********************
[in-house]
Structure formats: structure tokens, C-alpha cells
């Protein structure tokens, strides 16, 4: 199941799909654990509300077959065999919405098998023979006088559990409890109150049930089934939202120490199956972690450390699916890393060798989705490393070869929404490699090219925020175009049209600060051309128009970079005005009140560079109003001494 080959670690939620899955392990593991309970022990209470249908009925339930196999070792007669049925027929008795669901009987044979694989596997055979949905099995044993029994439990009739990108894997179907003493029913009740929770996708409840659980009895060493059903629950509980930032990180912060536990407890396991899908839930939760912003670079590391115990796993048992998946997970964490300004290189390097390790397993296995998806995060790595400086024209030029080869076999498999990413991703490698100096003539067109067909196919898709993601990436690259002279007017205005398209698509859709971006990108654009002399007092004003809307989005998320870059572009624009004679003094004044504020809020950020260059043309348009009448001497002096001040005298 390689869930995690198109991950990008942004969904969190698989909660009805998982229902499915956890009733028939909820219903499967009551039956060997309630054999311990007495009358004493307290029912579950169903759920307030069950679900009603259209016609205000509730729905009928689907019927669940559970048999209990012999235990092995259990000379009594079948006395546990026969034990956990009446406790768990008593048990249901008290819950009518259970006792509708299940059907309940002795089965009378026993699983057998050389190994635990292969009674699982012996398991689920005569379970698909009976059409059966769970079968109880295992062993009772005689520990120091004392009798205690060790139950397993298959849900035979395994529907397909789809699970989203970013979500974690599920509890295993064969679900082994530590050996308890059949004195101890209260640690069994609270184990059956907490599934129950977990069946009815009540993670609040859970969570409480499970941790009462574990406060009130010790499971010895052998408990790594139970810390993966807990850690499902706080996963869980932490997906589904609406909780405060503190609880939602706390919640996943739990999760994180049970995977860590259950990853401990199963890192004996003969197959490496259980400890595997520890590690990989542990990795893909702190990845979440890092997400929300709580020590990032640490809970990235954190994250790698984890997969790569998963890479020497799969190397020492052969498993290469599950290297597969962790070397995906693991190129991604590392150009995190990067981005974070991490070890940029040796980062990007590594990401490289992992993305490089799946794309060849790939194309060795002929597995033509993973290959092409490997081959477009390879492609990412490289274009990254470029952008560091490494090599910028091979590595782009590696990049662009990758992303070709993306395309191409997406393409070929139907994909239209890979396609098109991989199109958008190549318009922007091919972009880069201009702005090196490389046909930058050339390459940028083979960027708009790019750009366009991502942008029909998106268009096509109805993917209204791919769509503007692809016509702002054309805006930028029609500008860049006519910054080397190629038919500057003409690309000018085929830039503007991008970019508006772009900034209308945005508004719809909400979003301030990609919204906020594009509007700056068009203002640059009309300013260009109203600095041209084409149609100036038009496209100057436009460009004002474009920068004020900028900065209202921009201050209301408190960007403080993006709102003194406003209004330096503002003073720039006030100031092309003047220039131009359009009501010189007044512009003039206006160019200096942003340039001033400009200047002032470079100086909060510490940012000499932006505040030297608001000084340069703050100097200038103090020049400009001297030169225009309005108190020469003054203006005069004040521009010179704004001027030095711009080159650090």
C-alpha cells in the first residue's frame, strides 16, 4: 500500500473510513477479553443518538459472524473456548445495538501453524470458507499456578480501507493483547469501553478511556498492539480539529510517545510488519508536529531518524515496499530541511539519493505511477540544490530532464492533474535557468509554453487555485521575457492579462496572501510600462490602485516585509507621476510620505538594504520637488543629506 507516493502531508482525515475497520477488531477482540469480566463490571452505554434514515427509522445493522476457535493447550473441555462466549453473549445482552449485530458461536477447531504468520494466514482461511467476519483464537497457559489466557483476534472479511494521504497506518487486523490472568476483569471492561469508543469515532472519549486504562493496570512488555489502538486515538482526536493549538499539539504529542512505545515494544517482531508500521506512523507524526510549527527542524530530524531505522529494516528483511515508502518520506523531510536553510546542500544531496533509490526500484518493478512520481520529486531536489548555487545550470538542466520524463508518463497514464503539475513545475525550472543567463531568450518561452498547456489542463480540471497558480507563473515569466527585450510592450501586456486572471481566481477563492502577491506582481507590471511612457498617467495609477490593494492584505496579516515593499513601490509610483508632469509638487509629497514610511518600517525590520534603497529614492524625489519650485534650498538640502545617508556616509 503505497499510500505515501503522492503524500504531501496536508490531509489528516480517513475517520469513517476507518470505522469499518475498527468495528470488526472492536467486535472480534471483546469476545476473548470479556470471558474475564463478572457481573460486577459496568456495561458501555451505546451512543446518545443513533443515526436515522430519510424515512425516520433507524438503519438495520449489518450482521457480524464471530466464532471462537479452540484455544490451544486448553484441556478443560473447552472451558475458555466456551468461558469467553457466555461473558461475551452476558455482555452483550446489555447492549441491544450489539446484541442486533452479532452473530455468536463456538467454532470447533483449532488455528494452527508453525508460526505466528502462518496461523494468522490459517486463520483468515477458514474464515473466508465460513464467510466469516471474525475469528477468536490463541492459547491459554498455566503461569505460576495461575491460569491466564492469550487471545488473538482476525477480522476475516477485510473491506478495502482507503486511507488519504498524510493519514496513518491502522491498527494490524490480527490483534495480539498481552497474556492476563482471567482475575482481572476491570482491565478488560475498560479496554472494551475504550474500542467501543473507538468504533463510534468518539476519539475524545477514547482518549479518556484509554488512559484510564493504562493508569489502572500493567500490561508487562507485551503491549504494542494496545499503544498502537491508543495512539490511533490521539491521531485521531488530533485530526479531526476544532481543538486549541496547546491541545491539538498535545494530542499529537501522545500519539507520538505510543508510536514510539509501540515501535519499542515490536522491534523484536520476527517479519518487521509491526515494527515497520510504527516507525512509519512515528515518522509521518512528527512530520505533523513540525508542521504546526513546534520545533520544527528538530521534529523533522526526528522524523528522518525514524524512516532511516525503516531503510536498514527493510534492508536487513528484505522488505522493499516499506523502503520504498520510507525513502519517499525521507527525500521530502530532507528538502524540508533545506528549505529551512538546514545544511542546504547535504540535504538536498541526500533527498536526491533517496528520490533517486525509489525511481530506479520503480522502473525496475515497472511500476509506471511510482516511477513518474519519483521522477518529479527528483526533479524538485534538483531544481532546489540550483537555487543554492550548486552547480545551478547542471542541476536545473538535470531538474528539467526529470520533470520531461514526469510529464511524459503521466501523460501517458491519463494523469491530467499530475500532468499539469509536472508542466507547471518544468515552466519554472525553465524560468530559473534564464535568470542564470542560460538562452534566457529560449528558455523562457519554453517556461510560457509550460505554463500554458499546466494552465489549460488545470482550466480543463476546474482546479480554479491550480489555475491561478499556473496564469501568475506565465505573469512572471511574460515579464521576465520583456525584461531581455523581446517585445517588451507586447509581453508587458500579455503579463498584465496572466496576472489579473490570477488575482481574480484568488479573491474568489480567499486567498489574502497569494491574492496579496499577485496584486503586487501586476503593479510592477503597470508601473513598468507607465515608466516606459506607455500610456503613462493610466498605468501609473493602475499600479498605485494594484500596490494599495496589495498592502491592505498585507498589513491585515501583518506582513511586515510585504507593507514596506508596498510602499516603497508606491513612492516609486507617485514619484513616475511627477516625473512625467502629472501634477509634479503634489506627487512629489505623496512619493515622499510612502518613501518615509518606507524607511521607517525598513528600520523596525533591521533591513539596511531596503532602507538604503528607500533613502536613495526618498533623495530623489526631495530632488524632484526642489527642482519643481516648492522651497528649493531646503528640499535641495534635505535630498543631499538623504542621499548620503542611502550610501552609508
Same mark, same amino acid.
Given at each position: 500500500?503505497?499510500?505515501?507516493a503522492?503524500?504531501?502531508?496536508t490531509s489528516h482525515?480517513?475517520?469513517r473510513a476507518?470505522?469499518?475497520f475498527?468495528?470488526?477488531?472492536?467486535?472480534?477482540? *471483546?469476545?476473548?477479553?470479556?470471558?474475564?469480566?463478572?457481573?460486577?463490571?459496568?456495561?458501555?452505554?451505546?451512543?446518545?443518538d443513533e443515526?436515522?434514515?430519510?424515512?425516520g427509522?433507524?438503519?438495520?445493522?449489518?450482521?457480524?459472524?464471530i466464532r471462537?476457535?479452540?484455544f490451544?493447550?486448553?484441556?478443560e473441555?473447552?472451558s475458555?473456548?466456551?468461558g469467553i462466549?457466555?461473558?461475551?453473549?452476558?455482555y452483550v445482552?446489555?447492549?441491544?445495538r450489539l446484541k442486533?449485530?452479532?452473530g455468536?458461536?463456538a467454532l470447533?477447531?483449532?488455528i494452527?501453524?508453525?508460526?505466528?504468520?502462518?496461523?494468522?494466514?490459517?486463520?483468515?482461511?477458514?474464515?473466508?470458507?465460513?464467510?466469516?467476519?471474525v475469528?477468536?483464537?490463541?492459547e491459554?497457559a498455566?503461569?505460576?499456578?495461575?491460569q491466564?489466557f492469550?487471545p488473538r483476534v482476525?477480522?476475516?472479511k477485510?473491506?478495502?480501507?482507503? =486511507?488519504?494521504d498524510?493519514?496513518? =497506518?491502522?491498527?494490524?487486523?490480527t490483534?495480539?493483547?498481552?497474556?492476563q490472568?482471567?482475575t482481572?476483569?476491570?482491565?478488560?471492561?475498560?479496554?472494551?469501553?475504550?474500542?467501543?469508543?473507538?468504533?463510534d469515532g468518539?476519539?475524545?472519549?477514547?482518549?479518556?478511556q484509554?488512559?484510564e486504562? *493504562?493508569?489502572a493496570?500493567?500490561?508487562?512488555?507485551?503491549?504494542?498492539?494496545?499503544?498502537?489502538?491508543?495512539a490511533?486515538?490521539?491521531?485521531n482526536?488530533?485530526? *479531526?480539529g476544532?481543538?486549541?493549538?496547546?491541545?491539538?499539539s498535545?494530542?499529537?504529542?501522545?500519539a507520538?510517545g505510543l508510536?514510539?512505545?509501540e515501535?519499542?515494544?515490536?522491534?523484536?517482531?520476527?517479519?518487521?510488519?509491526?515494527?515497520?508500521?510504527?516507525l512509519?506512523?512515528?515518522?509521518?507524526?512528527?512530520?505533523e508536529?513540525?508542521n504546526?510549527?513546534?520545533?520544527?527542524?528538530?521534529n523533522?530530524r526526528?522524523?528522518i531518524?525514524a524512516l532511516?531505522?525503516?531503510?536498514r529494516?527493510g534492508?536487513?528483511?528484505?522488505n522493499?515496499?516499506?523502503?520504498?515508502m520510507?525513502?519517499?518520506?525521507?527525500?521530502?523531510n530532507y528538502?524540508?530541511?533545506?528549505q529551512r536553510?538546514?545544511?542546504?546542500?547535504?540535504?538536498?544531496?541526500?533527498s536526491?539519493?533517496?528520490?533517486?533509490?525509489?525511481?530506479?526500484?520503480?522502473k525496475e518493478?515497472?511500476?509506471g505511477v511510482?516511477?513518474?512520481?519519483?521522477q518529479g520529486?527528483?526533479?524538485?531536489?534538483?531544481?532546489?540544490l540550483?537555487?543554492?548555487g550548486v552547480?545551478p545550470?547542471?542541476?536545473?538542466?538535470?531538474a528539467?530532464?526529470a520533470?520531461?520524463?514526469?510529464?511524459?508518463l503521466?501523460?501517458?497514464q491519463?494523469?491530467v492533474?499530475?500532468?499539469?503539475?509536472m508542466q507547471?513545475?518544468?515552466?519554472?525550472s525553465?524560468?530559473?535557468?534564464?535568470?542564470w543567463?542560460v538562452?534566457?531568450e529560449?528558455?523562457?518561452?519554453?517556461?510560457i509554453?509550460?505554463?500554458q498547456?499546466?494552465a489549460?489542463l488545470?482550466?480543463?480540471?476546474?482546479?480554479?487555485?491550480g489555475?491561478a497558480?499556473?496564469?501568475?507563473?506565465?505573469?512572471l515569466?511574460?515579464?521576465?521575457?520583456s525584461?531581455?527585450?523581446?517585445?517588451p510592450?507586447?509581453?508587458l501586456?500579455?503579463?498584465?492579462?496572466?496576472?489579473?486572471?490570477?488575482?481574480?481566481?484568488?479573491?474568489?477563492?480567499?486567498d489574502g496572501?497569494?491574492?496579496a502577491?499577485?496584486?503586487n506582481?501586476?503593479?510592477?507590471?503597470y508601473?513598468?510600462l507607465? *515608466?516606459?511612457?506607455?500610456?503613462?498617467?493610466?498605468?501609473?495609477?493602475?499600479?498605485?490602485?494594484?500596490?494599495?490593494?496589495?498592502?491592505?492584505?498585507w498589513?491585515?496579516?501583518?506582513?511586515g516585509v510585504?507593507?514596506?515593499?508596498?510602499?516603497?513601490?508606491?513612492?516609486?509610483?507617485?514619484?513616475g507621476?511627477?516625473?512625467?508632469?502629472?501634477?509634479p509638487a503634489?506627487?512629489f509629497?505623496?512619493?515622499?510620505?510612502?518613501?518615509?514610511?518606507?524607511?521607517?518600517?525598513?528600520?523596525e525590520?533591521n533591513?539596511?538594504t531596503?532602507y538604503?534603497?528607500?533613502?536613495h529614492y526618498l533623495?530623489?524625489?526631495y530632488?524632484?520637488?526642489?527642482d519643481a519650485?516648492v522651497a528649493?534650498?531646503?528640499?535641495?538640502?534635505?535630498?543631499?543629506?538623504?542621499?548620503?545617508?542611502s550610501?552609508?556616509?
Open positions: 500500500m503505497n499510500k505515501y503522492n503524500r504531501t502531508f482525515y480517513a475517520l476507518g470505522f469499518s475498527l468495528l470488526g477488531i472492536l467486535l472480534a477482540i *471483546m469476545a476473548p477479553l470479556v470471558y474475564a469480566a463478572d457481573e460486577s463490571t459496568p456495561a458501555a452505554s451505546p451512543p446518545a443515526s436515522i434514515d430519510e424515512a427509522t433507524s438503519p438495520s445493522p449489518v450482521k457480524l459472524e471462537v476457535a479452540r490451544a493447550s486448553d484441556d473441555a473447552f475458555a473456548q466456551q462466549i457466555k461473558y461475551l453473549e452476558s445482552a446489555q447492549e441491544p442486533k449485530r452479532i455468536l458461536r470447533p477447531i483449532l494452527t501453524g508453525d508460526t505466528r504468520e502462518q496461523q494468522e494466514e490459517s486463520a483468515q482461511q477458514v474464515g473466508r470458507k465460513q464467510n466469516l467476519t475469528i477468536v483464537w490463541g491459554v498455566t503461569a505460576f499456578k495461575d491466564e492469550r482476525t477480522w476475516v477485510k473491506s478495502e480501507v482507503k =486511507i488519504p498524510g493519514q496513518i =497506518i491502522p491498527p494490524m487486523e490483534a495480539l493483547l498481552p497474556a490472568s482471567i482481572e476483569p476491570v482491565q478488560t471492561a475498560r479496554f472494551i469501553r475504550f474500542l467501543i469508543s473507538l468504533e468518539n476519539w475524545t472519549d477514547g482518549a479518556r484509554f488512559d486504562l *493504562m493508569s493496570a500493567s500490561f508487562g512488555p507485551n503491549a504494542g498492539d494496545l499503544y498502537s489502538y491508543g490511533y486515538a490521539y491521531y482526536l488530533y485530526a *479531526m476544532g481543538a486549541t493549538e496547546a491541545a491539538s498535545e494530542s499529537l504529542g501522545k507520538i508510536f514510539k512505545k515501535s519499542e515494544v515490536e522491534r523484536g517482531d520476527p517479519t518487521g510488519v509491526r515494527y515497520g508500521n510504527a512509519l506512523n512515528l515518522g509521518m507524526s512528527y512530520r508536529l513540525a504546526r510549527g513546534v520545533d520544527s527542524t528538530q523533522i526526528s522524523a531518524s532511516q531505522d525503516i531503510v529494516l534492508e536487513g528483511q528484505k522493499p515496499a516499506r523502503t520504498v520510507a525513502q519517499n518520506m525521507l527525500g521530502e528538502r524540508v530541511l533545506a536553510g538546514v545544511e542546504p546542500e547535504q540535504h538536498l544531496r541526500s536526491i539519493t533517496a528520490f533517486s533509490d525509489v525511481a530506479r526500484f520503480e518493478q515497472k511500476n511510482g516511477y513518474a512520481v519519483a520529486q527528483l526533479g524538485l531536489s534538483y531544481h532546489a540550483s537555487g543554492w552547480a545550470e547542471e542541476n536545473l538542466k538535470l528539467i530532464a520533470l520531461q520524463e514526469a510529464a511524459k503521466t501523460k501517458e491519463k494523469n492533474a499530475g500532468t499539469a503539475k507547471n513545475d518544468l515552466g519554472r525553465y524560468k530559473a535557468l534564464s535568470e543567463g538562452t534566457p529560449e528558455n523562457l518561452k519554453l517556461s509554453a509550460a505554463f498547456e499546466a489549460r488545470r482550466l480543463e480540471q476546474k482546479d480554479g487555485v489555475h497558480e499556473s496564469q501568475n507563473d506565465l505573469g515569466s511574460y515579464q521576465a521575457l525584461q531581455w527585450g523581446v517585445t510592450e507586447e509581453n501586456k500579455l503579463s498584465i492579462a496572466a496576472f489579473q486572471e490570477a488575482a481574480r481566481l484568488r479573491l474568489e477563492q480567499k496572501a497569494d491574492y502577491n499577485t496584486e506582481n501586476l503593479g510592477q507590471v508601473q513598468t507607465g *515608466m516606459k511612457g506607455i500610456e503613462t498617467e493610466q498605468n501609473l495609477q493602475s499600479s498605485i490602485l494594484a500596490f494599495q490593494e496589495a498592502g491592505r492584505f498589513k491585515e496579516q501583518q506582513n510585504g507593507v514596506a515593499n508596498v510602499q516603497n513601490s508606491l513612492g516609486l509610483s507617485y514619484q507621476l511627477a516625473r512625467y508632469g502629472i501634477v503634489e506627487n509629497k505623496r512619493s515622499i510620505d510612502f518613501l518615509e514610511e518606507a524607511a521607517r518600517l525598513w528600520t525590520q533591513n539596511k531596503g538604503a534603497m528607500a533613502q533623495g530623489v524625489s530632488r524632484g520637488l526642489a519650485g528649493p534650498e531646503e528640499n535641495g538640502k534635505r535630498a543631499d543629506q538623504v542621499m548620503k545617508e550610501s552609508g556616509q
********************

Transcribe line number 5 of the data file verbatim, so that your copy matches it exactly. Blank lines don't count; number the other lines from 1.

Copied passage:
Same mark, same amino acid.